Medicaid fraud is a growing problem as Medicaid is further expanded to other income levels. Medicaid fraud is even a problem here in Suffolk County and there are investigators looking for at providers and beneficiaries for evidence of fraud.
What Is Medicaid Fraud?
Medicaid is a federal and state partnership to provide medical care to the low-income adults, children, and families. It provides medical benefits on a cost-free basis so that those without economic means can afford health care. It’s one of the largest assistance programs and has seen extensive growth over the last few years due to its expansion under the Affordable Care Act.
Medicaid fraud can be committed by beneficiaries or providers. Beneficiaries commit fraud by deceptively receiving benefits. They might lie about their household income or how many dependents they have. They also commit fraud when they sell medicines that they obtain through Medicaid or receive kickbacks from providers for care received. The amount of money lost from this fraud is estimated at $8 billion per year.
The biggest Medicaid fraud problem is provider fraud. Providers commit fraud by submitting bogus claims to Medicaid. Here is a quick rundown of common fraud schemes by providers.
* Billing Upcode: They will enter codes for higher cost procedures on their billing forms in order.
* Unneeded Procedures: Providers will perform unnecessary procedures or tests on patients to increase their billings.
* Ghost Billings: They will continue submitting billings for patients who have died or who are no longer under their care.
* Rewarding for Referrals: They give rewards, or kickbacks, to patients for referrals or otherwise give cash to patients.
Penalties for Medicaid Fraud
Medicaid fraud carries very stiff penalties for beneficiaries and providers. Penalties can be meted out by state and federal authorities, depending on the severity of the fraud and the amount fraudulently obtained.
Provider fraud represents the biggest fraud concern and therefore has some of the toughest penalties. Providers who defraud the Medicaid program can expect that they will be subject to an increasing level of penalties. These are dependent on the severity of the fraud and the amount defrauded.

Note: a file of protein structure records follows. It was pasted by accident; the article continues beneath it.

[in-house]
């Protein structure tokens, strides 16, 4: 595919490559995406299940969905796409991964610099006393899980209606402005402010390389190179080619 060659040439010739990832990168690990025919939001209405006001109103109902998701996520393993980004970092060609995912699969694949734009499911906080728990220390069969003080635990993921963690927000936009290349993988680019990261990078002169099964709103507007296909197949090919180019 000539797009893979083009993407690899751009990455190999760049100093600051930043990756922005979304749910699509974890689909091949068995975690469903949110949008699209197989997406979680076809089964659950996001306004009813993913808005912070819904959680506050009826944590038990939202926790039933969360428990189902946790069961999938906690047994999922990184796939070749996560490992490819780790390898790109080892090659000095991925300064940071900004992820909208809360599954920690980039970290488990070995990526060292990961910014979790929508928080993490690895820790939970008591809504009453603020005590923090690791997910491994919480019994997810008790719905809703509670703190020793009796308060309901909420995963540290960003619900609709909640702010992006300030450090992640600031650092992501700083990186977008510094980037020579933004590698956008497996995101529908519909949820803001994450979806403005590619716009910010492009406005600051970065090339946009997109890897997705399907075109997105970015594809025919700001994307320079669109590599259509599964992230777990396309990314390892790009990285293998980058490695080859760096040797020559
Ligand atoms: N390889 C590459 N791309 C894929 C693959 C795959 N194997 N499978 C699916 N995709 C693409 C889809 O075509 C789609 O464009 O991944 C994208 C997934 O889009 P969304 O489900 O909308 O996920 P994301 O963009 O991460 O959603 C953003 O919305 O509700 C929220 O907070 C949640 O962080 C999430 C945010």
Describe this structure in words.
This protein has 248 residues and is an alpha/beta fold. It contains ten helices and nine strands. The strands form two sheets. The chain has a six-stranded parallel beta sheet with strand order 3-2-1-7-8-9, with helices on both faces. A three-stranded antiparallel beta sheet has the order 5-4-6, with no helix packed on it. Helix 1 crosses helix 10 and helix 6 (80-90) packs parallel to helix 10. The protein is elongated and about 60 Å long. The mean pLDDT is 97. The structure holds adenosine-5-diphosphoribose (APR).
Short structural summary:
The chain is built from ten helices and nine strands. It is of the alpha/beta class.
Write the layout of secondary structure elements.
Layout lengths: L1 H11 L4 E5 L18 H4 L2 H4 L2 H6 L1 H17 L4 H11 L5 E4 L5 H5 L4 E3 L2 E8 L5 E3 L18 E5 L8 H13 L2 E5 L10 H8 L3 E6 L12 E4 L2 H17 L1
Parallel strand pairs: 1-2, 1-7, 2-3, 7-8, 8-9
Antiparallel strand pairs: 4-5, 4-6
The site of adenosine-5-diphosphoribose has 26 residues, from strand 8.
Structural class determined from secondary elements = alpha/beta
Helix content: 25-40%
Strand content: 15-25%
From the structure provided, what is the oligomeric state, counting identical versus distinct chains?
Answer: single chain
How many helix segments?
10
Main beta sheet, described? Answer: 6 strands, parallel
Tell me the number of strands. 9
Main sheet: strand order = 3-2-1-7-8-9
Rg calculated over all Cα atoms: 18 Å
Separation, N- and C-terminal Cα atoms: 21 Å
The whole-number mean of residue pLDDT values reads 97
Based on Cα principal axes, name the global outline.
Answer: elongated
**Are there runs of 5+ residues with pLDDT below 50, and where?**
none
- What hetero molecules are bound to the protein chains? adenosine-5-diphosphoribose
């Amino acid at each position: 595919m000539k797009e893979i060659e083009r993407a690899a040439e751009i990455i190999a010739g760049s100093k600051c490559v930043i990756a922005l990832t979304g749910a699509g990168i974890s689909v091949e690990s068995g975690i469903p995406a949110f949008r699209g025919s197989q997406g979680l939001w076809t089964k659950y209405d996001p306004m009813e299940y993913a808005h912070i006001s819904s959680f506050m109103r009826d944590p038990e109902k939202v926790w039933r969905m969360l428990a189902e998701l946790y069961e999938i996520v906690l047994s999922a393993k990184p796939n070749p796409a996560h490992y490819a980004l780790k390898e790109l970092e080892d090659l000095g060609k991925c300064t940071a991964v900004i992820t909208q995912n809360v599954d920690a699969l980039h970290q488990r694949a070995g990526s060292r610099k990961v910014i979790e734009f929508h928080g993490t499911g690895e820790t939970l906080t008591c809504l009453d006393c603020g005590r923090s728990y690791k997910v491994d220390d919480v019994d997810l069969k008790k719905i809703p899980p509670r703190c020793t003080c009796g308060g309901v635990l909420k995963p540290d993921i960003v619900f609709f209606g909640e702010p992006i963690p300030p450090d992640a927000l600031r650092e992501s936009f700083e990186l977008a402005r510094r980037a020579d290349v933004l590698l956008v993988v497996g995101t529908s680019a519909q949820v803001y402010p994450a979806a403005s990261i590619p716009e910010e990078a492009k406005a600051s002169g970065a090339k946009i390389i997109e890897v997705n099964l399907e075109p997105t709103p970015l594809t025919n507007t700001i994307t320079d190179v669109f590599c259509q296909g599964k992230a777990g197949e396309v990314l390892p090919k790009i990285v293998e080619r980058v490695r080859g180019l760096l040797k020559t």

1. Restitution of wrongly billed services
2. Temporary Disqualification from program
3. Permanent Disqualification from program
4. Loss of Medical License
5. Criminal Prosecution of up to a Class B felony that carries jail time and fines
In 2016, a Suffolk County medical supply business owner pleaded guilty to Medicaid fraud. She submitted more than $2 million in bogus claims for medical supplies. Her conviction carried a sentence of up to 6 years in prison.
Beneficiaries who commit Medicaid fraud are subject to an array of penalties as well, depending on how severe the fraud was. Sometimes they are just asked to pay back the wrongfully gained benefits and be temporarily suspended from the program. Other times they are permanently barred from the program and are required to make restitution. On rarer occasions, they are sentenced to jail and have to pay fines.
How is Medicaid Fraud Investigated?
Beneficiaries are audited from time to time by the State of New York using both IRS, Social Security, and private databases to ensure that the income reported on the forms match their truthful levels. When information doesn’t match, a fraud investigation can be started.
Beneficiaries are usually called into the office to clarify information on the application. At this stage, the investigator is collecting information to see if fraud occurred and the penalties that should be applied. If the fraud is severe, the investigator may refer the case to the Attorney General for prosecution. At any stage, the beneficiary can ask for a hearing on any determination given.
Since more people than ever are on Medicaid, there is some evidence that provider fraud is on the increase as well. To combat this, investigative resources have become more focused on this type of fraud. An investigation is usually opened one of two ways. Either a tip is called into the fraud hotline or a routine examination of billings shows some kind of irregularity.
Once an investigation is open, the investigator, or team of investigators, will begin collecting information. They may not immediately contact the provider and notify them of the investigation. Depending on the severity of the fraud, they may issue a determination and penalties that will be applied. The medical provider can ask for a hearing to dispute the evidence collected and the determinations made. In cases of severe fraud, the case may be immediately referred to the Attorney General for prosecution.
Medicaid Fraud Defenses
The best defense for a provider in Suffolk County suspected of fraud is to immediately contact a Suffolk County Medicaid attorney who has experience providing a solid legal defense against these type of charges. An attorney will protect your rights and ensure that the investigation is conducted correctly. Investigators are not perfect and an attorney can ensure that the rules are correctly followed in the investigation.
Calling into question any tips provided that formed the basis for the investigation is important. This extends to any irregularities.In order for any actions to be considered fraud, there needs to be an intentional deception involved of some sort. Any attorney can defend a case by showing that there are mitigating circumstances or other findings that show that there was no intentional deception and that fraud didn’t occur. This severity reduction is one defense method that can turn a criminal fraud case into a simple restitution case.
Medicaid usage is increasing and it’s no wonder that Medicaid fraud investigations will continue to increase. Whenever a fraud investigation is opened, it’s important to contact a local Suffolk County Medicaid fraud attorney who can help ensure that rights are protected.